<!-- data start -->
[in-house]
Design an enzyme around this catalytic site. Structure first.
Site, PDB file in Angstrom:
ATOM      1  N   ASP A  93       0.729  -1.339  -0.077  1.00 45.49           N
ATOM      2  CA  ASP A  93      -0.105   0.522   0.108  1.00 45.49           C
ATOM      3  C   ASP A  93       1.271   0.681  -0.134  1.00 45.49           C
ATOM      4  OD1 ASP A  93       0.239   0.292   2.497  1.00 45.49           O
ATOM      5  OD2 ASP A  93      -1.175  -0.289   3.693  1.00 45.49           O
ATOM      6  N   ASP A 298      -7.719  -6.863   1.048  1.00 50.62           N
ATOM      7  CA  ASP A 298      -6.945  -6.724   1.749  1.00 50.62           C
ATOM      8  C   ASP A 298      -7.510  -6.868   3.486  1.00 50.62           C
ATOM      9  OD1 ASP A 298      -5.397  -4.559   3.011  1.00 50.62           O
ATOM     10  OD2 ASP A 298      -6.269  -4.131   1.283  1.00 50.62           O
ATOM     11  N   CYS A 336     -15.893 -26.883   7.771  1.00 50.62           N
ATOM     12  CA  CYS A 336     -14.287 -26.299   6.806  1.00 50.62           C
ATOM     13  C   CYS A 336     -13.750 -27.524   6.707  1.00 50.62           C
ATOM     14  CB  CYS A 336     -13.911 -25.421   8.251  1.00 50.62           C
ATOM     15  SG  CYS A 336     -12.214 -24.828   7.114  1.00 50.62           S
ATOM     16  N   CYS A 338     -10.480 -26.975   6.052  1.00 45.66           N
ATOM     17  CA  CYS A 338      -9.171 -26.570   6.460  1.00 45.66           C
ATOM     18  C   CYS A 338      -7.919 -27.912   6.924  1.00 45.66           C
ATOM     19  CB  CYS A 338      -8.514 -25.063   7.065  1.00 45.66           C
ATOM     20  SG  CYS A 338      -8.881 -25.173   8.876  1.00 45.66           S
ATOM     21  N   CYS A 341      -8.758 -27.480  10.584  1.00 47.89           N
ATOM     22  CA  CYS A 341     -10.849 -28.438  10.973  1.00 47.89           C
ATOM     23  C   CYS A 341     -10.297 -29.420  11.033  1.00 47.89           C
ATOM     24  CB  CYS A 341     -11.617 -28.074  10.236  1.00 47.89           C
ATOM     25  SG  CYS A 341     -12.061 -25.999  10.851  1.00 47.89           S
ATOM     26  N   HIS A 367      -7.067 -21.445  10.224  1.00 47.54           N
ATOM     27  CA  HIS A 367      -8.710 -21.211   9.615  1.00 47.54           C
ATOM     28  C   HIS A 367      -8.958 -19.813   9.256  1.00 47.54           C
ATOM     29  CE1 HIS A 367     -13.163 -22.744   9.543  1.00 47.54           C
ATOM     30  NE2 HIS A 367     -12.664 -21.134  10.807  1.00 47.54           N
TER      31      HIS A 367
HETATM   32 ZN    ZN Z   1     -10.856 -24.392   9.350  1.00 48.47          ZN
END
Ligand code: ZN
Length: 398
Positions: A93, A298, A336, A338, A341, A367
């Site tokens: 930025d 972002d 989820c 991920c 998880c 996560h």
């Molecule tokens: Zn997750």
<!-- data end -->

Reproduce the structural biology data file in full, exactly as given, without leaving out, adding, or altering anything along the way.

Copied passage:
[in-house]
Design an enzyme around this catalytic site. Structure first.
Site, PDB file in Angstrom:
ATOM      1  N   ASP A  93       0.729  -1.339  -0.077  1.00 45.49           N
ATOM      2  CA  ASP A  93      -0.105   0.522   0.108  1.00 45.49           C
ATOM      3  C   ASP A  93       1.271   0.681  -0.134  1.00 45.49           C
ATOM      4  OD1 ASP A  93       0.239   0.292   2.497  1.00 45.49           O
ATOM      5  OD2 ASP A  93      -1.175  -0.289   3.693  1.00 45.49           O
ATOM      6  N   ASP A 298      -7.719  -6.863   1.048  1.00 50.62           N
ATOM      7  CA  ASP A 298      -6.945  -6.724   1.749  1.00 50.62           C
ATOM      8  C   ASP A 298      -7.510  -6.868   3.486  1.00 50.62           C
ATOM      9  OD1 ASP A 298      -5.397  -4.559   3.011  1.00 50.62           O
ATOM     10  OD2 ASP A 298      -6.269  -4.131   1.283  1.00 50.62           O
ATOM     11  N   CYS A 336     -15.893 -26.883   7.771  1.00 50.62           N
ATOM     12  CA  CYS A 336     -14.287 -26.299   6.806  1.00 50.62           C
ATOM     13  C   CYS A 336     -13.750 -27.524   6.707  1.00 50.62           C
ATOM     14  CB  CYS A 336     -13.911 -25.421   8.251  1.00 50.62           C
ATOM     15  SG  CYS A 336     -12.214 -24.828   7.114  1.00 50.62           S
ATOM     16  N   CYS A 338     -10.480 -26.975   6.052  1.00 45.66           N
ATOM     17  CA  CYS A 338      -9.171 -26.570   6.460  1.00 45.66           C
ATOM     18  C   CYS A 338      -7.919 -27.912   6.924  1.00 45.66           C
ATOM     19  CB  CYS A 338      -8.514 -25.063   7.065  1.00 45.66           C
ATOM     20  SG  CYS A 338      -8.881 -25.173   8.876  1.00 45.66           S
ATOM     21  N   CYS A 341      -8.758 -27.480  10.584  1.00 47.89           N
ATOM     22  CA  CYS A 341     -10.849 -28.438  10.973  1.00 47.89           C
ATOM     23  C   CYS A 341     -10.297 -29.420  11.033  1.00 47.89           C
ATOM     24  CB  CYS A 341     -11.617 -28.074  10.236  1.00 47.89           C
ATOM     25  SG  CYS A 341     -12.061 -25.999  10.851  1.00 47.89           S
ATOM     26  N   HIS A 367      -7.067 -21.445  10.224  1.00 47.54           N
ATOM     27  CA  HIS A 367      -8.710 -21.211   9.615  1.00 47.54           C
ATOM     28  C   HIS A 367      -8.958 -19.813   9.256  1.00 47.54           C
ATOM     29  CE1 HIS A 367     -13.163 -22.744   9.543  1.00 47.54           C
ATOM     30  NE2 HIS A 367     -12.664 -21.134  10.807  1.00 47.54           N
TER      31      HIS A 367
HETATM   32 ZN    ZN Z   1     -10.856 -24.392   9.350  1.00 48.47          ZN
END
Ligand code: ZN
Length: 398
Positions: A93, A298, A336, A338, A341, A367
């Site tokens: 930025d 972002d 989820c 991920c 998880c 996560h």
């Molecule tokens: Zn997750």